"What impressed me the most was that he listened to what you said and remembered it,'' says Allen Windross, who was NSW TAB chief executive in the late 80s and early 90s when Boreham was the account rep. "Months later he would say something and you realised your message had got through. He was alert enough to have sensed when something was not right and to go out and do something about it.''
Boreham knew many customers who believed IBM's commission structure had often led the various divisions to work as different companies. This was particularly true in Australia, where at one point there were separate companies housing both services and consulting. The separate structures were largely a product of corporate history.
"The unintended consequence was customers saying 'you look like three companies to me','' says Boreham.
Now IBM wants to exploit its ability to sell products, services, business process outsourcing and strategic advice on what is happening in 173 countries. "To do that,'' Boreham says "we need to be a joined-up company.''
Boreham moved quickly to change the composition of the Australia/New Zealand leadership team. The group was meant to meet monthly but with 90 members, many of whom dialled in, the monthly meeting had become a broadcast. Now there is a general management team with 25 people who meet face-to-face, once a month, around a boardroom table and "actually talk about the business and what we can do to work together'', Boreham says.
Client teams and even real, live clients also make regular appearances at these meetings, Earlier this year, five of the sales teams that run IBM Australia's largest accounts presented to the leadership team over the course of a day. The goal was not to work out what could be sold to those customers in the next quarter but to get inside the head of the CEOs of the businesses, work out what was worrying them, and try and come up with some solutions.
It was a revolutionary concept, says Jackie Korhonen, vice-president of the company's managed business process services: "We were looking at the business problems the client had, and not just in the short term but as long as five years away. We are a listed company and we tend to get absorbed in quarterly results so it was different thinking about a five-year outlook.''
In another example of Boreham's enthusiasm for collective leadership, when one part of the business is having problems, he throws the issues open to the entire leadership team, rather than reviewing it one on one with a particular manager. Says Korhonen: "When you work like that, a lot of camaraderie is built up. You feel supported rather than isolated."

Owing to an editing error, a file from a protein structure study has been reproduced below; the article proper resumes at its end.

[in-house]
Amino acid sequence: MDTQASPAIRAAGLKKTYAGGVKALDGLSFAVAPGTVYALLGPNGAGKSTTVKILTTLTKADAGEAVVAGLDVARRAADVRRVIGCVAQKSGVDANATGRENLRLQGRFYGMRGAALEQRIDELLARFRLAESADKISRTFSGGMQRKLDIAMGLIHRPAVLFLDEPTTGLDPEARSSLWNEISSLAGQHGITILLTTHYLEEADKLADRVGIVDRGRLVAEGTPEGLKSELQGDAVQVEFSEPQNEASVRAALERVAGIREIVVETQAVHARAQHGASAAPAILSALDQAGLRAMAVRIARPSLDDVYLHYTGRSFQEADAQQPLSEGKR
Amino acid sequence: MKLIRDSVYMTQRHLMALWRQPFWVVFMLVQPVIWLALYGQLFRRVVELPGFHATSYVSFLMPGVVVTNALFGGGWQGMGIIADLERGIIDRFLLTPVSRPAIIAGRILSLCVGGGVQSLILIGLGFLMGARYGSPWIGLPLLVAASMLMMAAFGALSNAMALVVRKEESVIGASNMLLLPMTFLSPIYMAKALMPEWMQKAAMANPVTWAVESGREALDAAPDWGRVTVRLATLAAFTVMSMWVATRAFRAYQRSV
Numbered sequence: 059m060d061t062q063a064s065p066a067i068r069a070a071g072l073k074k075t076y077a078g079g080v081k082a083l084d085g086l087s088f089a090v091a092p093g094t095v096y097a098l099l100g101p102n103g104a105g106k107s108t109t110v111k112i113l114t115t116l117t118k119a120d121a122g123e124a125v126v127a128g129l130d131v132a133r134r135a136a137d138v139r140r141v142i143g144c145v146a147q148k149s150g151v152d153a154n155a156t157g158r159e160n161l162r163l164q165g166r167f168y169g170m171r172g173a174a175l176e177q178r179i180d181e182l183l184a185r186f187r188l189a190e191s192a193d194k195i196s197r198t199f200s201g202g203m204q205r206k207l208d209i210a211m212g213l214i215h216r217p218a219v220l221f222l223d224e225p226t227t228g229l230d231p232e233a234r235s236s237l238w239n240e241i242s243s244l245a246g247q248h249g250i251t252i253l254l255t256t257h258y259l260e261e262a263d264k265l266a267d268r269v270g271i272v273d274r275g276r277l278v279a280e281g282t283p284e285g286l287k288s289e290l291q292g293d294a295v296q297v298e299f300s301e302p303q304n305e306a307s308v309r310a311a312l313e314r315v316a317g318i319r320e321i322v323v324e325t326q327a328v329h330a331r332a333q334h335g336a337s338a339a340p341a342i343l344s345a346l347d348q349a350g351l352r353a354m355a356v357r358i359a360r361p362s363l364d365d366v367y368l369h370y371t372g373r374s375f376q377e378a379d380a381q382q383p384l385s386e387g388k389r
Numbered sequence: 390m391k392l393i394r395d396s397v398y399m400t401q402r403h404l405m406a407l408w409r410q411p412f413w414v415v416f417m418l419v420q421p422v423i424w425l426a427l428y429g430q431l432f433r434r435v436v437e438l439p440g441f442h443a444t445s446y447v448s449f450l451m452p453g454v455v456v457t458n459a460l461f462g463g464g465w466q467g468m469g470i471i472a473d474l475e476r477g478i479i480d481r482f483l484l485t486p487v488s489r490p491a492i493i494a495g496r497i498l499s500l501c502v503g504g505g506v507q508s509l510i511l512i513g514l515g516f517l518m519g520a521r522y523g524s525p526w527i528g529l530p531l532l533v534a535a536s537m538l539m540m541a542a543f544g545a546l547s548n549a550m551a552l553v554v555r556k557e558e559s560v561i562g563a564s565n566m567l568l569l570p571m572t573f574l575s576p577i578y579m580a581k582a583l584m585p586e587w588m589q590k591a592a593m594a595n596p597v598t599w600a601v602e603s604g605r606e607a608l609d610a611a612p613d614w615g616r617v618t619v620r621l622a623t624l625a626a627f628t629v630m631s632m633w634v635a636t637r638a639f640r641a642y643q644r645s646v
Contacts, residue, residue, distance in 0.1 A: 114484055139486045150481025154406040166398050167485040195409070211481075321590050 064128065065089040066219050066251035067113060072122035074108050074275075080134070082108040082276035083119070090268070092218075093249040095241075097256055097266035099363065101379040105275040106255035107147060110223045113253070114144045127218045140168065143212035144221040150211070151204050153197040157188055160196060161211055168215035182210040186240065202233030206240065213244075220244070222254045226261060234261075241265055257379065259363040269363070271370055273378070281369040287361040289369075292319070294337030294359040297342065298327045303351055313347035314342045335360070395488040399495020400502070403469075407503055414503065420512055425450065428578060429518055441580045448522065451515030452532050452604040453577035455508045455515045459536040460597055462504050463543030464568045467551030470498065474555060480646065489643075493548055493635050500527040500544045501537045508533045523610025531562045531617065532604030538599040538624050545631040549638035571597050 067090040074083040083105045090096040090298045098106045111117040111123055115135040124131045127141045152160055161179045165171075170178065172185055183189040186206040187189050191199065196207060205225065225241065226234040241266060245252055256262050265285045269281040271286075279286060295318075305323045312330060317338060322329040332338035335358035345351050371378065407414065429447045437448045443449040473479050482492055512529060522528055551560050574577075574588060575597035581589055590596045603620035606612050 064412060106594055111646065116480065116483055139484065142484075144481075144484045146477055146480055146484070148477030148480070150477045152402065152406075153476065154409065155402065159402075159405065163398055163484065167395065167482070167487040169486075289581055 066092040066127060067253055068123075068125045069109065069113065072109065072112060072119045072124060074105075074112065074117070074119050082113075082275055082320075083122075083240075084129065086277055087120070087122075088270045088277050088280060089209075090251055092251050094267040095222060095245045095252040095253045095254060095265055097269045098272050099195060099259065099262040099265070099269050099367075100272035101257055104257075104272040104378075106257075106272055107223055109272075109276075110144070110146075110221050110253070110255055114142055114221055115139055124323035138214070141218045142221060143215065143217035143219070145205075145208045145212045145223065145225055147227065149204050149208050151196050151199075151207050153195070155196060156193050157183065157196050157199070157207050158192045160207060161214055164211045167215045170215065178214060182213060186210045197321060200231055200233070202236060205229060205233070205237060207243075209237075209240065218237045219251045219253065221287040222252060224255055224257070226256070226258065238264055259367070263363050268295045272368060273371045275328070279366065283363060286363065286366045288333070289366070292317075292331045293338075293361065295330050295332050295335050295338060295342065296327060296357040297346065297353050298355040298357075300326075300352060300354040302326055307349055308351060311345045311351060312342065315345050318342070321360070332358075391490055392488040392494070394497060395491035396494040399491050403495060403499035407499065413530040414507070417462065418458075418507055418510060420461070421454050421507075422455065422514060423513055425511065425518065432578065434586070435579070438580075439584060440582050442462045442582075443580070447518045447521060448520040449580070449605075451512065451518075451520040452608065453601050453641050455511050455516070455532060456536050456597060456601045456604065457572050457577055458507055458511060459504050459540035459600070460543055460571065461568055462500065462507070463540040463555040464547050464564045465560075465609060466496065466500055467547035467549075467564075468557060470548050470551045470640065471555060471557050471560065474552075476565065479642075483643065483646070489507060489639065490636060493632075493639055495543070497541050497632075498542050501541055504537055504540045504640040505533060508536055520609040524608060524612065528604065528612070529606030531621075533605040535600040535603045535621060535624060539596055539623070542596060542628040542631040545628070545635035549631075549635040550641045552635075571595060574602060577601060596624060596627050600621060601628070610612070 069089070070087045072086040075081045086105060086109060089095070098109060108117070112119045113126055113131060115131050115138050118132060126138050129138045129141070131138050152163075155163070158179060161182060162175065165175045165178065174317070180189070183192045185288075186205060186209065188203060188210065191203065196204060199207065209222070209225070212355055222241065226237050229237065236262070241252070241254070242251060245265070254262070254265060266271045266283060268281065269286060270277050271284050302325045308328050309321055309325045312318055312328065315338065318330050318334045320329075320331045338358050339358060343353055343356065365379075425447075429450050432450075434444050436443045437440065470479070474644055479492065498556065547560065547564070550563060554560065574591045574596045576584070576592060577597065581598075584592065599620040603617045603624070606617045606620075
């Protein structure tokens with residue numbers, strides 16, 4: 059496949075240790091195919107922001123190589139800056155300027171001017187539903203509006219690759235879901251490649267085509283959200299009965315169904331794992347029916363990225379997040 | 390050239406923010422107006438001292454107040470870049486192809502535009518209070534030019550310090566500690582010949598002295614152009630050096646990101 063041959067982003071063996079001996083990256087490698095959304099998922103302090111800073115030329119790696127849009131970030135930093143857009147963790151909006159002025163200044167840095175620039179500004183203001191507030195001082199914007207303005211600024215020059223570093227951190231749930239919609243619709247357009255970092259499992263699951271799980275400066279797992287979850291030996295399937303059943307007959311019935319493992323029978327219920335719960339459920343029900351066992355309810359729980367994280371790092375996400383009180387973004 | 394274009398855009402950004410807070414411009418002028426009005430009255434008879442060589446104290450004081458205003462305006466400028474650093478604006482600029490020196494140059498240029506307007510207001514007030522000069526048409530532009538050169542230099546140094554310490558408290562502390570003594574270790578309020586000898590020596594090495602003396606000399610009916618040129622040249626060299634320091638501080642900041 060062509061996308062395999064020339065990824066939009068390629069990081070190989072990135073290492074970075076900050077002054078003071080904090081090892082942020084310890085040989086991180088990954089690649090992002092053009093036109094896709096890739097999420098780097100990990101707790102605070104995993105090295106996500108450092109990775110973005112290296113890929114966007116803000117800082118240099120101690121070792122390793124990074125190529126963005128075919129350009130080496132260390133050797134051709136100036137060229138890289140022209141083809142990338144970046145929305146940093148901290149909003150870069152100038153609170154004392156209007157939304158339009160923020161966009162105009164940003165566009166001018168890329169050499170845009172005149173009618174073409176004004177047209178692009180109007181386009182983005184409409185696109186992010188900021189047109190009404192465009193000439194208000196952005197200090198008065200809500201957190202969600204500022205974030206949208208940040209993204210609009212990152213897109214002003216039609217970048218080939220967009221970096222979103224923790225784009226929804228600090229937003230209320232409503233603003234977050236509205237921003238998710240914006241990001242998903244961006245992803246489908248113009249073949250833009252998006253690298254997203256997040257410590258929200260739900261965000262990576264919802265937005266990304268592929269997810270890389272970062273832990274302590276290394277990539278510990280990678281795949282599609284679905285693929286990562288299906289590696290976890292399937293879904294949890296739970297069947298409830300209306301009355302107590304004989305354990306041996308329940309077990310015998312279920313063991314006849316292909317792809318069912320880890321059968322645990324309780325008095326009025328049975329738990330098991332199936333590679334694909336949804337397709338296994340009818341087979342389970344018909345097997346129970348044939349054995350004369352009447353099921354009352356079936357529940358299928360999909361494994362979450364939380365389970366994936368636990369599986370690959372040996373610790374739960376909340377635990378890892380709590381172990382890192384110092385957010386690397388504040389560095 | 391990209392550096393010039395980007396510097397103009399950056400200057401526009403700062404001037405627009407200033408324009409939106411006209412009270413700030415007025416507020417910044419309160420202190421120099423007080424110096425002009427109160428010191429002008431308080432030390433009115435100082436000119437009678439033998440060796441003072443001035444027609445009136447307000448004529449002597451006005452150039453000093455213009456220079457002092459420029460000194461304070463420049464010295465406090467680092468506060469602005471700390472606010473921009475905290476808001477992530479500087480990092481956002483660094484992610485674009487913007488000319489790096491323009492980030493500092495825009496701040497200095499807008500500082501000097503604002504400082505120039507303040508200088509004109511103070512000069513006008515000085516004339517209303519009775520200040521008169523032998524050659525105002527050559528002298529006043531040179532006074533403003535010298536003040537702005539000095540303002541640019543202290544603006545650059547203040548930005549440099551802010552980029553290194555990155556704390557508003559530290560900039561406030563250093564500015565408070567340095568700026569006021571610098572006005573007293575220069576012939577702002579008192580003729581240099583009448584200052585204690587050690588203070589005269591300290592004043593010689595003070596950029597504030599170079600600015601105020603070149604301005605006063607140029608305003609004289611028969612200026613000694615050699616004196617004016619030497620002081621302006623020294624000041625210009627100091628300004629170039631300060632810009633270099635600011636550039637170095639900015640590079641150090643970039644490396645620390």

Such isolation could be the kiss of death for a new and emerging part of the business, such as business process outsourcing. "I need everyone who is in front of a client to be aware of what we do," Korhonen says. "They know how to sell hardware, software and services, but they need a bit of education to sell processes. It would have been much harder if we had been an island."
Like Korhonen, IBM Australia's consulting chief Ian Ball came onboard Boreham's leadership team last year. Ball's consulting career prior to joining IBM in 2000 has taken him across the UK, the US and Asia. He believes the Holden Statesman-driving Boreham has a particularly Australian approach to leadership. "Glen has encouraged us to get to know each other a bit better by revealing a bit of our personality and that has helped foster teamwork," Ball says. "I have been in other IBM leadership teams where the chemistry has not been that great. I have seen other country general managers perform the role very differently with strict top-to-bottom hierarchies.
"Glen is very open and collaborative, and he runs a very horizontal leadership team; we are all equals and I think that helps teaming. I think it's partly a reflection of the Australian character, which is relaxed but direct. People here will come right back at you if you do something they don't like. They're straight talkers and that's refreshing in comparison to the United Sates, where people will often dance around an issue. People here are very direct and open; they are not afraid to reveal themselves."
Boreham thinks IBM Australia is about halfway on the journey. And the US management is watching closely. "I do think we are leading the way," he says. "That's partly due to our size and our distance from the rest of the world, which makes it a little easier to bring it together here. In the US for example, IBM has a couple of hundred thousand employees, which makes it a little harder for them.''
© Fairfax Business Media